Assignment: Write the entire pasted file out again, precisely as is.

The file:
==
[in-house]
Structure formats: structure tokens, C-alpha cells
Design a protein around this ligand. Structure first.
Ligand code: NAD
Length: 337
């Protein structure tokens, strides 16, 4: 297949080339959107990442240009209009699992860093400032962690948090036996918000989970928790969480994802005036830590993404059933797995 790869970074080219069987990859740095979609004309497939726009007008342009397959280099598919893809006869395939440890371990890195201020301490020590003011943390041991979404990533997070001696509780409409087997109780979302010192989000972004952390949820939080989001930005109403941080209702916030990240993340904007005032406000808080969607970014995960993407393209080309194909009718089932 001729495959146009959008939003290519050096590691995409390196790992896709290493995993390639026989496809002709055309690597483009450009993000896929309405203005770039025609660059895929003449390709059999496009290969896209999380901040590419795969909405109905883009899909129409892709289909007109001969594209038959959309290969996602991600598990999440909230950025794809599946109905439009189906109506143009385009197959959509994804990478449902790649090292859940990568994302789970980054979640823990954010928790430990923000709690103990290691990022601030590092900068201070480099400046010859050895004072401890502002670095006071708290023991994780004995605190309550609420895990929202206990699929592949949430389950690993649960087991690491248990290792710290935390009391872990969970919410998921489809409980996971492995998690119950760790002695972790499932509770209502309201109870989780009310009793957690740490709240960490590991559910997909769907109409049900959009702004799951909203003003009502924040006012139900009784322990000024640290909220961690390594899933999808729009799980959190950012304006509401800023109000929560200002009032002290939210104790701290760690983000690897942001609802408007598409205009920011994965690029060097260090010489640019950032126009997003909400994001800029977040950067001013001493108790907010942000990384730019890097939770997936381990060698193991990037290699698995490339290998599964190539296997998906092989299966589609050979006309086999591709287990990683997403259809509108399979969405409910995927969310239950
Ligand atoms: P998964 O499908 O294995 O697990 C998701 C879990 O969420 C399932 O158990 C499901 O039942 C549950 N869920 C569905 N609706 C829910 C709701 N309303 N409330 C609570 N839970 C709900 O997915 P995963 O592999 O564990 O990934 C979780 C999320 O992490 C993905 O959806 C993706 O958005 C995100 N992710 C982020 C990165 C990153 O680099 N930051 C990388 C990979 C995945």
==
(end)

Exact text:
[in-house]
Structure formats: structure tokens, C-alpha cells
Design a protein around this ligand. Structure first.
Ligand code: NAD
Length: 337
């Protein structure tokens, strides 16, 4: 297949080339959107990442240009209009699992860093400032962690948090036996918000989970928790969480994802005036830590993404059933797995 790869970074080219069987990859740095979609004309497939726009007008342009397959280099598919893809006869395939440890371990890195201020301490020590003011943390041991979404990533997070001696509780409409087997109780979302010192989000972004952390949820939080989001930005109403941080209702916030990240993340904007005032406000808080969607970014995960993407393209080309194909009718089932 001729495959146009959008939003290519050096590691995409390196790992896709290493995993390639026989496809002709055309690597483009450009993000896929309405203005770039025609660059895929003449390709059999496009290969896209999380901040590419795969909405109905883009899909129409892709289909007109001969594209038959959309290969996602991600598990999440909230950025794809599946109905439009189906109506143009385009197959959509994804990478449902790649090292859940990568994302789970980054979640823990954010928790430990923000709690103990290691990022601030590092900068201070480099400046010859050895004072401890502002670095006071708290023991994780004995605190309550609420895990929202206990699929592949949430389950690993649960087991690491248990290792710290935390009391872990969970919410998921489809409980996971492995998690119950760790002695972790499932509770209502309201109870989780009310009793957690740490709240960490590991559910997909769907109409049900959009702004799951909203003003009502924040006012139900009784322990000024640290909220961690390594899933999808729009799980959190950012304006509401800023109000929560200002009032002290939210104790701290760690983000690897942001609802408007598409205009920011994965690029060097260090010489640019950032126009997003909400994001800029977040950067001013001493108790907010942000990384730019890097939770997936381990060698193991990037290699698995490339290998599964190539296997998906092989299966589609050979006309086999591709287990990683997403259809509108399979969405409910995927969310239950
Ligand atoms: P998964 O499908 O294995 O697990 C998701 C879990 O969420 C399932 O158990 C499901 O039942 C549950 N869920 C569905 N609706 C829910 C709701 N309303 N409330 C609570 N839970 C709900 O997915 P995963 O592999 O564990 O990934 C979780 C999320 O992490 C993905 O959806 C993706 O958005 C995100 N992710 C982020 C990165 C990153 O680099 N930051 C990388 C990979 C995945």